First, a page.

• “How does this equation match how they thought about the problem?” (42 can be broken apart into 40 and 2. To get to the next ten, which is 50, they can think about what can be added to 2 to get 10. $$2 + 8 = 10$$ and $$40 + 10 = 50$$.)
• If needed, ask:
• “Where is 42 in this equation?”
• “Where is 10 in this equation?”

## Activity 2: Elena and Andre Add (15 minutes)

### Narrative

The purpose of this activity is for students to add one-digit and two-digit numbers with composing a ten and deepen their understanding of place value. In this activity, students make sense of two different addition methods where an addend is decomposed to make a ten. Students then determine the next step needed to find the value of the original sum. Invite students to use different representations to make sense of these methods including connecting cubes and base-ten drawings. Completing the start of a calculation as students do here requires critically analyzing, understanding, and expressing different strategies (MP3).

Students then have an opportunity to add using one of these methods and the representations that make sense to them. Monitor for students who show composing a new unit of ten using connecting cubes or base-ten diagrams. Students use appropriate tools strategically as they choose which tools help them add (MP5). As selected students share their thinking during the activity synthesis, record their thinking as drawings and equations so that students can connect the method to the concept of making a new unit of ten from 10 ones.

For example,

$$68 + 6 = \boxed{\phantom{3}}$$

$$68 + 2 + 4 \\60+10+4= \boxed{74}$$

MLR7 Compare and Connect. Synthesis: After all representations have been presented, lead a discussion comparing, contrasting, and connecting the different representations. Ask, “How can you see Elena’s method in the drawings, numbers, and words that were shared?” and “How are the drawings, numbers, and words similar? How are they different?”

### Launch

• Groups of 2
• Give students access to connecting cubes in towers of 10 and singles.
• Display $$34 + 9$$.
• “Elena and Andre found the value of $$34 + 9$$. Elena showed her first step by writing $$34 + 6 = 40$$. What do you notice about her first step?” (She only added 6. Maybe she wanted to make the next ten. She wanted to make a ten with $$4+6$$.)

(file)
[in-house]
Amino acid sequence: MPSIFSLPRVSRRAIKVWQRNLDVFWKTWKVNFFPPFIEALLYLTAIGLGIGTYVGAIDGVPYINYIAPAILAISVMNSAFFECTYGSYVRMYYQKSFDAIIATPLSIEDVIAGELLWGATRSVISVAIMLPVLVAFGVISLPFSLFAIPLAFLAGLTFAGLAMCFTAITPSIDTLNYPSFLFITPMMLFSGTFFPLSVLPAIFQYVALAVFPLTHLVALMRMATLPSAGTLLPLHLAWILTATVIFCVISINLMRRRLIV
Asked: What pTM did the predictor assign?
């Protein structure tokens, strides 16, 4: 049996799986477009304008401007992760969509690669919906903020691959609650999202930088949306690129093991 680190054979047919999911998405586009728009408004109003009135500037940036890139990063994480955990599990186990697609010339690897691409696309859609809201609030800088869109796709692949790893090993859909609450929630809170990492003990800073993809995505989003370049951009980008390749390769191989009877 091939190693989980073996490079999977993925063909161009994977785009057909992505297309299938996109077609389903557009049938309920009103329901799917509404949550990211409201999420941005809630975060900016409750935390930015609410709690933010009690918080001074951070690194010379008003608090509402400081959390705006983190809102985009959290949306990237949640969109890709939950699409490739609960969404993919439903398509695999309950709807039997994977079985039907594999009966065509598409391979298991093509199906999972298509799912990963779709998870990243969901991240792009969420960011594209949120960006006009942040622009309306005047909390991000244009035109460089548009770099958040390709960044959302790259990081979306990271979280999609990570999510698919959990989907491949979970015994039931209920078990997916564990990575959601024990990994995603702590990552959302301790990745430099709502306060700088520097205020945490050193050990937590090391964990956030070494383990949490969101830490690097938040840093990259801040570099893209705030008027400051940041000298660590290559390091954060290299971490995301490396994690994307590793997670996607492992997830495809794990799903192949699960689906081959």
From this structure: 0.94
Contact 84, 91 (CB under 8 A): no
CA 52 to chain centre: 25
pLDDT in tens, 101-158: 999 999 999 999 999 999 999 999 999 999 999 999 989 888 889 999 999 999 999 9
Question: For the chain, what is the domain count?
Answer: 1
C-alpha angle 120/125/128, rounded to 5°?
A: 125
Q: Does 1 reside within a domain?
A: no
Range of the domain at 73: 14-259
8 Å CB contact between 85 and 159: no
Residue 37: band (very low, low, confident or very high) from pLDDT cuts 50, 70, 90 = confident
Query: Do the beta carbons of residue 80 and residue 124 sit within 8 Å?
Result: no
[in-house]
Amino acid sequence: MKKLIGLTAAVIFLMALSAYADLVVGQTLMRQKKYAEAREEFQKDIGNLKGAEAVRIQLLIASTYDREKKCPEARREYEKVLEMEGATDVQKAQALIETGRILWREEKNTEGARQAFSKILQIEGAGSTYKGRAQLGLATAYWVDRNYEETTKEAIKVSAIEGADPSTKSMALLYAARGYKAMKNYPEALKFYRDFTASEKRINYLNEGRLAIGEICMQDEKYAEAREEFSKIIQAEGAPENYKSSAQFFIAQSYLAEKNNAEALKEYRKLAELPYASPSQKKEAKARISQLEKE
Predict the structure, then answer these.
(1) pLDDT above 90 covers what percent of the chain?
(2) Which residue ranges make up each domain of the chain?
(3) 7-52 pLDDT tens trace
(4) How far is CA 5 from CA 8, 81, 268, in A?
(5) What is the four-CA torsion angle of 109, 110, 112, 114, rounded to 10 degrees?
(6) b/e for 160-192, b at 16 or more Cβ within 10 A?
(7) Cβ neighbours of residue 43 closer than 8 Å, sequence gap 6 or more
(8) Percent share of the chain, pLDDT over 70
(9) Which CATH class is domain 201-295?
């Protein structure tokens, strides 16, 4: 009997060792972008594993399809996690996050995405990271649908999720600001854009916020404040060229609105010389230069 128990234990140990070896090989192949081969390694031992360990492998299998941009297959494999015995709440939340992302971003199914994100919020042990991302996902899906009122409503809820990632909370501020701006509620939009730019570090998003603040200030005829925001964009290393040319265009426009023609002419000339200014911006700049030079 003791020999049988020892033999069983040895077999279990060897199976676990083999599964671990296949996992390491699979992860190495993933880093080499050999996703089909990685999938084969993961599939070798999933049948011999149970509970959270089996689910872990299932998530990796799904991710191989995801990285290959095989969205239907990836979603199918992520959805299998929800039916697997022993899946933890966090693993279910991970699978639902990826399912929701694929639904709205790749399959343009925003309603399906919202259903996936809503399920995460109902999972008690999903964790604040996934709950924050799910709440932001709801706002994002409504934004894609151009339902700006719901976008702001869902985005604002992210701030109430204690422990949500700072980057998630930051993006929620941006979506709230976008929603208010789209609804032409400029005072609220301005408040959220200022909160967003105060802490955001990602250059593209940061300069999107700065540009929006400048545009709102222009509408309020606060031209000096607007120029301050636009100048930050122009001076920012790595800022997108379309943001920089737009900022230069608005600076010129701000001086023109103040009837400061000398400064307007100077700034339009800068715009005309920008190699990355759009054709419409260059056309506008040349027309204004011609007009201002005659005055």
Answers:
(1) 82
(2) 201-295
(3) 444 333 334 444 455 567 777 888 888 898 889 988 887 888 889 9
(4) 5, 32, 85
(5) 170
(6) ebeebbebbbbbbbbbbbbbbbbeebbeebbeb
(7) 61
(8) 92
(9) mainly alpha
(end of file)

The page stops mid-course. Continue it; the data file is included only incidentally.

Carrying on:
• 30 seconds: quiet think time
• 1 minute: partner discussion
• “What does she need to do to finish her work?” (She needs to add 9 in all. She added 6, now she needs to add 3 more to 40.)
• 2 minutes: independent work time
• 1 minute: partner discussion
• Record student thinking as equations ($$34 + 6 + 3 = \boxed{43}$$).
• “Where do you see 9 in this equation?” ($$6 + 3$$)

### Activity

• Display and read Andre’s first step.
• “Now decide what Andre needs to do next. Then find the value of $$6 + 68$$ using any method that makes sense to you. Show your thinking with drawings, numbers or words.”
• 4 minutes: independent work time
• 3 minutes: partner work time
• Monitor for students who represent composing a ten in different ways, including with connecting cubes and with different equations.

### Student Facing

Elena and Andre found the value of $$34 + 9$$.

1. Elena started with $$34 + 6 = 40$$.
What does Elena need to do next?
Show your thinking using drawings, numbers, or words.

2. Andre started with $$9 + 1 = 10$$.
What does Andre need to do next?
Show your thinking with drawings, numbers, or words.

3. Find the value of $$6 + 68$$. Show your thinking using drawings, numbers, or words.

### Activity Synthesis